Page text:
After the South African government this week reiterated its policy of discouraging citizens from visiting Israel to protest Jerusalem’s treatment of the Palestinians, the country’s reigning Zulu king said he would visit the country.
King Goodwill Zwelithini, 64, accepted the invitation of Israel’s ambassador to South Africa, Dov Segev-Steinberg, to visit the country early next year, the embassy in Pretoria announced.
“His Majesty, King Goodwill Zwelithini accepted the invitation and vowed to use his official visit to explore ways to intensify the co-operation between South Africa and Israel and especially between the Zulu people and the Israeli people,” the embassy said in a statement.
Zwelithini, who has been to Israel before, will look into “new possibilities to co-operate with Israel in the fields of health, agriculture and education amongst other areas of interest for the benefit of the Zulu people,” the statement read.
The constitutional monarch of the kingdom of KwaZulu-Natal, Zwelithini heads the state-recognized institution of Ubukhosi, the traditional leadership of local chiefs. He succeeded his father, King Cyprian Bhekezulu, in 1968.
The king’s commitment to visit is “a sign that Israel still has good friends in this country — friends who are happy and willing to share experiences and ensure love and respect for Israel,” Segev-Steinberg told the South African website MyShtetl.
Bilateral relations have been frosty for years now but worsened earlier this year when a South African minister proposed banning Made in Israel labels for products from the West Bank, a move Israel slammed as racist. On Sunday, South Africa’s Deputy Minister of International Relations and Cooperation Ebrahim Ismail Ebrahim angered Jerusalem even more with statements ostensibly calling for a boycott.
“Israel is an occupier country which is oppressing Palestine, so it is not proper for South Africans to associate with Israel,” he told a newspaper. “We discourage people from going there except if it has to do with the peace process.”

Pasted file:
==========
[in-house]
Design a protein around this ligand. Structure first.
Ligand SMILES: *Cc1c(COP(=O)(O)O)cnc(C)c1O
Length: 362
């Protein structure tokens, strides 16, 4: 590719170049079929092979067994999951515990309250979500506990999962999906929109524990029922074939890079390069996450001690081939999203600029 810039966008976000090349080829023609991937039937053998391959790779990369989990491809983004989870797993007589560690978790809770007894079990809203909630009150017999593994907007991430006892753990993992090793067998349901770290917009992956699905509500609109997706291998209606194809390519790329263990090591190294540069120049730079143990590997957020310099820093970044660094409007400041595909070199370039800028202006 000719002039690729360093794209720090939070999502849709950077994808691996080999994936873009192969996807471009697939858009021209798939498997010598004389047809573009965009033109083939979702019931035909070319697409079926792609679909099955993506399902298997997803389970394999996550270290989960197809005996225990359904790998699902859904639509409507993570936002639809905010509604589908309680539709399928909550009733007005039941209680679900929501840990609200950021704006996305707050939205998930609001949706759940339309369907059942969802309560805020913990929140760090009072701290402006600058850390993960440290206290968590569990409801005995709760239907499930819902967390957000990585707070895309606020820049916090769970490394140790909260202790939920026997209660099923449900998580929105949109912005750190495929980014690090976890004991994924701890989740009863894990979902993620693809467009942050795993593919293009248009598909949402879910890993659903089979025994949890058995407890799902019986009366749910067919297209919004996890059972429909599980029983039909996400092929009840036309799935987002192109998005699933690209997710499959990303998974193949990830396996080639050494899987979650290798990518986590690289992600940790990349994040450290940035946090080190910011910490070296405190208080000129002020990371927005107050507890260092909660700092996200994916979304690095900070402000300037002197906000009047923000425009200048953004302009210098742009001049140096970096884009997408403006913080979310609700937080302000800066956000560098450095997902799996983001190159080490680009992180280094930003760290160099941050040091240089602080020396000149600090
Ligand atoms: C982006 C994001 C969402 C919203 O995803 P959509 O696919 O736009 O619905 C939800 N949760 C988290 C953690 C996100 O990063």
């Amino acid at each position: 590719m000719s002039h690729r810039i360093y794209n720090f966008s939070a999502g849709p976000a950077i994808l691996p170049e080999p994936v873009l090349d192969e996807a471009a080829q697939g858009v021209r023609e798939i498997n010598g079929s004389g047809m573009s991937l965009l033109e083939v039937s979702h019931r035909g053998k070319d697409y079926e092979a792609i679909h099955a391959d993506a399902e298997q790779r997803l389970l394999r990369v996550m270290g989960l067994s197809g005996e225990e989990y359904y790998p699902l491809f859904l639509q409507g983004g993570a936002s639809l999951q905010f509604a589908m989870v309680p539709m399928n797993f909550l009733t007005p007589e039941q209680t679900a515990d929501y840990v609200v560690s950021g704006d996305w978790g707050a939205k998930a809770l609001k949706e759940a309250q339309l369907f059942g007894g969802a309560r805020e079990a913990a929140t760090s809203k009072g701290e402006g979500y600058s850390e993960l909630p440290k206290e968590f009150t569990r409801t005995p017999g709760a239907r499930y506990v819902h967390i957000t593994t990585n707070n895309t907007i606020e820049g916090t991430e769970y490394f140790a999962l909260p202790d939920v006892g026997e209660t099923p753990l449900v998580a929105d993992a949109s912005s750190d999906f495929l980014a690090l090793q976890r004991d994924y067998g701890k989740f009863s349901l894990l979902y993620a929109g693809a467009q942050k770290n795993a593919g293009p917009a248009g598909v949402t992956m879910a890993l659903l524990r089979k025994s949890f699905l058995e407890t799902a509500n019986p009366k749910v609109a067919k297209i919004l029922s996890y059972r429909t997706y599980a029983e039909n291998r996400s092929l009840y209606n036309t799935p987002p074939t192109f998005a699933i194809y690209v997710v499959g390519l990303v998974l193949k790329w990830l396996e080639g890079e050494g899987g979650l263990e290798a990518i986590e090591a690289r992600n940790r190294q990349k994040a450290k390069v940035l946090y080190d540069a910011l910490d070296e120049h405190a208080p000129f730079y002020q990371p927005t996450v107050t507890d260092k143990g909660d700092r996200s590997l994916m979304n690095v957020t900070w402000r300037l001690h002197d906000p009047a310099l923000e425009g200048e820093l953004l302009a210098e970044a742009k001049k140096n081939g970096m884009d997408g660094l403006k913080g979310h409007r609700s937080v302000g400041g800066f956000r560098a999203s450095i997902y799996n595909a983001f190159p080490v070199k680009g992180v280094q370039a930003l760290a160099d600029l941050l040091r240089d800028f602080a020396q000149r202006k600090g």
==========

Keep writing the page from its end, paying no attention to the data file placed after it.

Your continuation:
Ebrahim’s comments prompted an angry response from the Israeli Foreign Ministry. “This proves our point,” Foreign Ministry spokesperson Yigal Palmor said. “All their initiatives to mutually inform, as it were, the consumer, are nothing but a boycott in disguise. Now things have come out into the open, as a senior member of the government is openly calling for a generalized, non-discriminating and discriminatory boycott of Israelis.”
South Africa’s Jewish community slammed Ebrahim’s comments as well.
“Such a stance is grossly discriminatory, counter-productive and wholly inconsistent with how South Africa normally conducts its international relations and contradicts its official policy of having full diplomatic ties with Israel,” according to a joint statement by the South African Zionist Federation, South African Jewish Board of Deputies and Chief Rabbi Warren Goldstein. “The result of such a policy is that South Africa, instead of lending its weight to international efforts to bring about a negotiated solution to the Israeli-Palestinian dispute, will be seen to be supporting those who wish to promote a complete boycott of Israel and to that end seek to shut down any initiatives aimed at meaningful dialogue.”
Ebrahim denied having called for a boycott of Israel. “What we are saying as government is we discourage South Africans from visiting Israel,” Ebrahim said during a press briefing. “We do not prevent them. We say we discourage them. The decision is left to the individual or the organization that is invited to visit Israel.”
“There has been a policy of discouraging,” he explained, “because we believe Israel is an occupying power and is doing all sorts of things in the Palestine occupied territory which have been condemned by the entire international community.”
According to South African media, Ebrahim supports the plan of Trade and Industry Minister Rob Davies said to “require traders in South Africa not to incorrectly label products that originate from the Occupied Palestinian Territory as products of Israel.” He rebutted the claim that this measure would amount to a boycott.
“We are not saying that people should boycott these goods. We are saying that the consumer should have a right to know that these are goods produced in occupied territory,” Ebrahim said.